The new geopolitics shares with classical geopolitics the aim of world domination, but entails a strategic shift aimed in particular at south-central Eurasia. “The purpose of the war in Iraq,” according to Michael Klare, “is to redraw the geopolitical map of Eurasia to insure and embed U.S. power and dominance in the region vis-à-vis…other potential competitors” such as Russia, China, the European Community, Japan, and even India. “The U.S. elites have concluded that the European and East Asian rimlands of Eurasia are securely in American hands or [are] less important, or both. The new center of geopolitical competition, as they see it, is south-central Eurasia, encompassing the Persian Gulf area, which possesses two-thirds of the world’s oil, the Caspian Sea basin, which has a large chunk of what’s left, and the surrounding countries of Central Asia. This is the new center of world struggle and conflict, and the Bush administration is determined that the United States shall dominate and control this critical area.”32
In a special July 1999 supplement entitled “The New Geopolitics,” the Economist magazine explicitly adopted Brzezinski’s “grand chessboard” analysis, arguing that the key geopolitical struggle for the “empire of democracy” led by the United States after Kosovo was the control of Eurasia and particularly Central Asia. Both China and Russia were seen as potentially extending their geopolitical influence into the energy rich Caspian Sea basin. U.S. imperial expansion to preempt this was therefore necessary.33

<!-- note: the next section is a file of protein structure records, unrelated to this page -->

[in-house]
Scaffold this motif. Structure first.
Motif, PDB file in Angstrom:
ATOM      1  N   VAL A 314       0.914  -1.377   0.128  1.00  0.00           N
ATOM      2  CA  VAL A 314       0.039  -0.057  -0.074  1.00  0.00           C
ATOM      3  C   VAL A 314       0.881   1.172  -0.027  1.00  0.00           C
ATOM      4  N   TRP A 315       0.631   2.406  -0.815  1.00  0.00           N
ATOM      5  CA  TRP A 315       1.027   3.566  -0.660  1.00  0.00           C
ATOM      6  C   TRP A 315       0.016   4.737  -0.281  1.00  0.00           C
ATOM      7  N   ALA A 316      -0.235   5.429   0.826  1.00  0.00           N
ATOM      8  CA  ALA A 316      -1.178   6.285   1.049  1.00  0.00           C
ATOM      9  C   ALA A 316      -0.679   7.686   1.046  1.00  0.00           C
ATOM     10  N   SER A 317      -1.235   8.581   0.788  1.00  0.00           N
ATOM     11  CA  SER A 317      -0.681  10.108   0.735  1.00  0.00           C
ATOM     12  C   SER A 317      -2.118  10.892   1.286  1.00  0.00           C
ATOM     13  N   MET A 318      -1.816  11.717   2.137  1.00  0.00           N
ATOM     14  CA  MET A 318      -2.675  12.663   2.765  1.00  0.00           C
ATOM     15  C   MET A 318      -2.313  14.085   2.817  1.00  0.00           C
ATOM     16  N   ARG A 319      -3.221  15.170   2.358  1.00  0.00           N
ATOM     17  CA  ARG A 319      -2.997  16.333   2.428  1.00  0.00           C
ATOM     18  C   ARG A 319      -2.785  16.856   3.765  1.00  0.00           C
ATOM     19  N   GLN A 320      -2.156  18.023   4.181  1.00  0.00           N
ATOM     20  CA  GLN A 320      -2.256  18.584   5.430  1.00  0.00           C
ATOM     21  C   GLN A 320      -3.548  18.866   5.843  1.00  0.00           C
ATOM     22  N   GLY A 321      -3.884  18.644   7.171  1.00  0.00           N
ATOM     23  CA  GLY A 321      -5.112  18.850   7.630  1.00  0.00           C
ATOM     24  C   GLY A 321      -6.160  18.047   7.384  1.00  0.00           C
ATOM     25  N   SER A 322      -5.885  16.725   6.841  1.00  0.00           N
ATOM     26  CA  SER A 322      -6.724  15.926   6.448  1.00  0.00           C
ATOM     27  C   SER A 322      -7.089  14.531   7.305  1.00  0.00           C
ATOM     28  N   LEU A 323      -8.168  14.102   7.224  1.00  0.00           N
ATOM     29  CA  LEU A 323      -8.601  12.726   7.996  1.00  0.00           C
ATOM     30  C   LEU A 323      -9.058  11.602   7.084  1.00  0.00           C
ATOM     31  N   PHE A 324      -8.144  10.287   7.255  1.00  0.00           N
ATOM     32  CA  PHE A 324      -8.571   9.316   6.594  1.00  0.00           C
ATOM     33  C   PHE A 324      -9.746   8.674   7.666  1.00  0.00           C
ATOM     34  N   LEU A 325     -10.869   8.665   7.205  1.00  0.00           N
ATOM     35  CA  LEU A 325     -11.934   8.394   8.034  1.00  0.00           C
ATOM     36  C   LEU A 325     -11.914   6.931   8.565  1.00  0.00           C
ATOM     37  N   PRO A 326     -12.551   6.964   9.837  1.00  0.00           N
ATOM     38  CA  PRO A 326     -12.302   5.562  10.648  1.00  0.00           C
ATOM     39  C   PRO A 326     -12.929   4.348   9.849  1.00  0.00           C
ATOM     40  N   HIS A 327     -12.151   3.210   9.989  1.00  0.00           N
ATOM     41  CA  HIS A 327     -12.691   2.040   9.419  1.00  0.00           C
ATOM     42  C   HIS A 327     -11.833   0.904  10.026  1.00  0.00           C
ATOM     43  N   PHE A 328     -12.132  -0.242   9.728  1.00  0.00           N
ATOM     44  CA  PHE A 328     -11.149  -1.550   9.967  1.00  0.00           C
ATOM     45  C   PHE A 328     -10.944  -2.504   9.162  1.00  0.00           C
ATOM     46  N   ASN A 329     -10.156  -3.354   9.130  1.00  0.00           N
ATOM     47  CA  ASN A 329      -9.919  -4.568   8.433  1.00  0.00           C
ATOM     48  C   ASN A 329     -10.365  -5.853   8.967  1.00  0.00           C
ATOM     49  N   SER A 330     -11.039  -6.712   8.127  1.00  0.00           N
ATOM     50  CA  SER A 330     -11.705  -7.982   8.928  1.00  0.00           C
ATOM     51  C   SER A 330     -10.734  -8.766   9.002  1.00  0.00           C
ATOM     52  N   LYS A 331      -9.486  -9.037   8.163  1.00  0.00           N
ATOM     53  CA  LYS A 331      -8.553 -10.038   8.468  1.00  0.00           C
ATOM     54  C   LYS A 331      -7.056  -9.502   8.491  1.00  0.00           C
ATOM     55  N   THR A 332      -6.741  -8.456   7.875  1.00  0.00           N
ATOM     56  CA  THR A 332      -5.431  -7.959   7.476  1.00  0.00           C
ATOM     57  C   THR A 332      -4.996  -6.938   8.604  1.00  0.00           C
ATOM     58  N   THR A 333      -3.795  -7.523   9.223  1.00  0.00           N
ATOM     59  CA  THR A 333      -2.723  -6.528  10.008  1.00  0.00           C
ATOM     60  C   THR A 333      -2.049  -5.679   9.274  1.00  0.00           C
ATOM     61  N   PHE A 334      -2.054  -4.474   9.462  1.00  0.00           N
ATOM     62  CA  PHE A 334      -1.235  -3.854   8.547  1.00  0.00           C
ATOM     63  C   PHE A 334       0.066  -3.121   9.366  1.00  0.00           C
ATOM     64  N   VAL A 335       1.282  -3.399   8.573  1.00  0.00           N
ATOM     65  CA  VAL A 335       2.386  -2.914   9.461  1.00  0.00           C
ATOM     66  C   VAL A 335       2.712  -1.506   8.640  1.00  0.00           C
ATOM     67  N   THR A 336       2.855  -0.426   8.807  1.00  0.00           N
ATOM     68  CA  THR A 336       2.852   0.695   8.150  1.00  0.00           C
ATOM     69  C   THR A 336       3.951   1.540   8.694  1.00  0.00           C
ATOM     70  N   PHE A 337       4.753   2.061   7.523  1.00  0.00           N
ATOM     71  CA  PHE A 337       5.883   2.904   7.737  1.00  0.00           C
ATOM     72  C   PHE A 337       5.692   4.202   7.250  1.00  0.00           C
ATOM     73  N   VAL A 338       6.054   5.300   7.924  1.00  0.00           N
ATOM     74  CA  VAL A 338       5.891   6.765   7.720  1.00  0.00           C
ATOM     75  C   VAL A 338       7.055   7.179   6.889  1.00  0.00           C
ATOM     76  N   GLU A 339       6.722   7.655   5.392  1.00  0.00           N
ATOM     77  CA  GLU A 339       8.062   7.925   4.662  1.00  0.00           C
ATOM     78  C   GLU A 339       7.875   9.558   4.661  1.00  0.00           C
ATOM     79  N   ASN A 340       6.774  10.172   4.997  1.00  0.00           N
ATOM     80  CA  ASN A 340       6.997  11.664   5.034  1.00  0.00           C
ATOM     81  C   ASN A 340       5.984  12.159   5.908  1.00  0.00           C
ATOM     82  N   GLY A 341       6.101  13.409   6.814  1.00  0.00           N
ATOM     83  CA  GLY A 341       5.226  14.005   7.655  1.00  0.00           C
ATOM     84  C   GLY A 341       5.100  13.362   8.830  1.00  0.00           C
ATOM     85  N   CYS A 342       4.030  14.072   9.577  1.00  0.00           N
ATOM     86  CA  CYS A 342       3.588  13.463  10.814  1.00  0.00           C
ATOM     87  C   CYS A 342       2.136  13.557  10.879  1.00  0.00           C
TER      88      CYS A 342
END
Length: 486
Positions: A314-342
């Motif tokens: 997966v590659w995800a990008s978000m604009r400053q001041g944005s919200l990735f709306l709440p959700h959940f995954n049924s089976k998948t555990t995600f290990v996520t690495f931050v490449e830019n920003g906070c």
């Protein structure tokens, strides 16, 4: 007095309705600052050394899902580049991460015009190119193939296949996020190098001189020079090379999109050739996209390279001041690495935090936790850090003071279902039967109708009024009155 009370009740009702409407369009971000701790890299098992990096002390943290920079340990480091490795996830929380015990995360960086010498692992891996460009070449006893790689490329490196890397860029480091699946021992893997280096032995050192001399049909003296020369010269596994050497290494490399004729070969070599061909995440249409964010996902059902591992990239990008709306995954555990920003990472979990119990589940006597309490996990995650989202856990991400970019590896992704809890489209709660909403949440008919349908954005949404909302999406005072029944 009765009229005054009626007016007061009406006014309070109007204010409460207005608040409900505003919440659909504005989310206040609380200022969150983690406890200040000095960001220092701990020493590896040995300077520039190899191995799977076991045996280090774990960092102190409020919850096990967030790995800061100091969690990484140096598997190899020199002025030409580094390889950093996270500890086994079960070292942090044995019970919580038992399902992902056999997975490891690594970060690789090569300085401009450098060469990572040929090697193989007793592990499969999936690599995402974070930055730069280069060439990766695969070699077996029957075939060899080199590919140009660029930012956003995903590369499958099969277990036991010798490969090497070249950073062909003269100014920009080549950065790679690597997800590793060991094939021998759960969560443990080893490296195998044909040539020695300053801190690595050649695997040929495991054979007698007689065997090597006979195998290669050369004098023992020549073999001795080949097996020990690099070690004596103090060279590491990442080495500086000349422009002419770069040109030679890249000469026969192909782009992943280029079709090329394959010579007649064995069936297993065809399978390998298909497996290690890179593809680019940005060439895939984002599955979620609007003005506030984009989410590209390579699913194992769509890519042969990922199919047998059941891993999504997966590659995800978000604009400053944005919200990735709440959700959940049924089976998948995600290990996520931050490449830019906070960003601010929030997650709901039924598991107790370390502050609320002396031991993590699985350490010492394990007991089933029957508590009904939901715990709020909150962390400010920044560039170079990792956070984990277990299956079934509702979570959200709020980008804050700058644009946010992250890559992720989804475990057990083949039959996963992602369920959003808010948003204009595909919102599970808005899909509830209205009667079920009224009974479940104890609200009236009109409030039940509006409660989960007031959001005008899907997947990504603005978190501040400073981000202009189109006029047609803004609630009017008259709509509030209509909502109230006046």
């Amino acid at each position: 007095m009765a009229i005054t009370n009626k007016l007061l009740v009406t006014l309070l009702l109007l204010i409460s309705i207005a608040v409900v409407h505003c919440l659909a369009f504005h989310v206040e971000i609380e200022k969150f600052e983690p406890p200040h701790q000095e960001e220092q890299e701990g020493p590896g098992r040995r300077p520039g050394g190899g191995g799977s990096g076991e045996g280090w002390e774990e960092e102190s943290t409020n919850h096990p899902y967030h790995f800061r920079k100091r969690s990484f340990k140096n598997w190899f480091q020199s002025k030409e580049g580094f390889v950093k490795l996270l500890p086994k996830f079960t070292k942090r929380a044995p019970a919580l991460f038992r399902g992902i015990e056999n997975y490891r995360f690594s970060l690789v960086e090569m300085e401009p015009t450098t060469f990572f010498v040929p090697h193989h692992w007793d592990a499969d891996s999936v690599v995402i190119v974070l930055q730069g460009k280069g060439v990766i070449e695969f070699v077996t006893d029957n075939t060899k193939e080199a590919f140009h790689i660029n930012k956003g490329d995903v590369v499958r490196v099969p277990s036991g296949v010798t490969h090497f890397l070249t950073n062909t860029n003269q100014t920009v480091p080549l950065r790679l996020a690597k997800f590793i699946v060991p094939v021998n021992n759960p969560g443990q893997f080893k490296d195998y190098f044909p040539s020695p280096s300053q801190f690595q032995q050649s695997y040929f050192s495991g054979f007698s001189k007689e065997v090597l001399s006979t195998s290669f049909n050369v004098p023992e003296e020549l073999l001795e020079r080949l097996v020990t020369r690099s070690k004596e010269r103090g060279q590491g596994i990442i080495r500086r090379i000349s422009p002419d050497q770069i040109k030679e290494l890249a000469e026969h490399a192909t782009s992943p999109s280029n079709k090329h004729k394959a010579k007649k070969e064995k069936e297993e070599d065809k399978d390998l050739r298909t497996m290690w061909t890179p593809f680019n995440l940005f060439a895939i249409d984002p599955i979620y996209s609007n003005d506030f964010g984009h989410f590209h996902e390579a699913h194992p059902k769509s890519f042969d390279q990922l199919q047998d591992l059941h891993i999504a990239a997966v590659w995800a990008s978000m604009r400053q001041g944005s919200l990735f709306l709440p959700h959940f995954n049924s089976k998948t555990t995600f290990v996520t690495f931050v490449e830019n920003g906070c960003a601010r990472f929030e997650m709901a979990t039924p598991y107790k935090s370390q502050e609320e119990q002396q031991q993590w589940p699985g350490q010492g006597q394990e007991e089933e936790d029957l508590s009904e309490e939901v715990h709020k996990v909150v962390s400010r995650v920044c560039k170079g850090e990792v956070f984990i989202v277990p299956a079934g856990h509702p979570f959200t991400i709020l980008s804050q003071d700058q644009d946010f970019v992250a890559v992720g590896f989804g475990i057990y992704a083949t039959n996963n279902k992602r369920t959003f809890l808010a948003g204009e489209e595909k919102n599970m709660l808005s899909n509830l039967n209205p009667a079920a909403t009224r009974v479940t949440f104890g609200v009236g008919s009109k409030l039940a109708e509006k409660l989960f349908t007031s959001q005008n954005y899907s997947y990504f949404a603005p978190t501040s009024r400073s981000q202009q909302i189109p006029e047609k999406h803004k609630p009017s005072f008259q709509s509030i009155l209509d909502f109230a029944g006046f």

U.S. geopolitical strategy accepts no bounds short of Brzezinski’s “global supremacy.” It thus reflects what Mackinder called the tendency to a “single World-Empire.” So brazen has this new geopolitics now become among today’s empire enthusiasts that Atlantic Monthly correspondent Robert Kaplan began his recent book, Imperial Grunts, by celebrating the Pentagon’s global military map of five “unified commands” in terms of its “uncanny resemblance” to a map “drawn in 1931 for the German military by Professor Karl Haushofer, a leading figure of Geopolitik.” Lest his meaning remain unclear, Kaplan proceeded to refer to Kipling’s poem “The White Man’s Burden” as embodying “idealistic” values, and he went on to characterize his own journalistic “odyssey through the barracks and outposts of the American Empire” as a tour of the new “Injun Country.”34
The Failures of Geopolitics
The unpopularity of geopolitical analysis after 1943 is usually attributed to its association with the Nazi strategy of world conquest. Yet the popular rejection of geopolitics in that period may have also arisen from the deeper recognition that classical geopolitics in all of its forms was an inherently imperialist and war-related doctrine. As the critical geopolitical analyst Robert Strausz-Hupé argued in 1942, “In Geopolitik there is no distinction between war and peace. All states have the urge to expand, and the process of expansion is viewed as a perpetual warfare—no matter whether military power is actually applied or is used to implement ‘peaceful’ diplomacy as a suspended threat.”35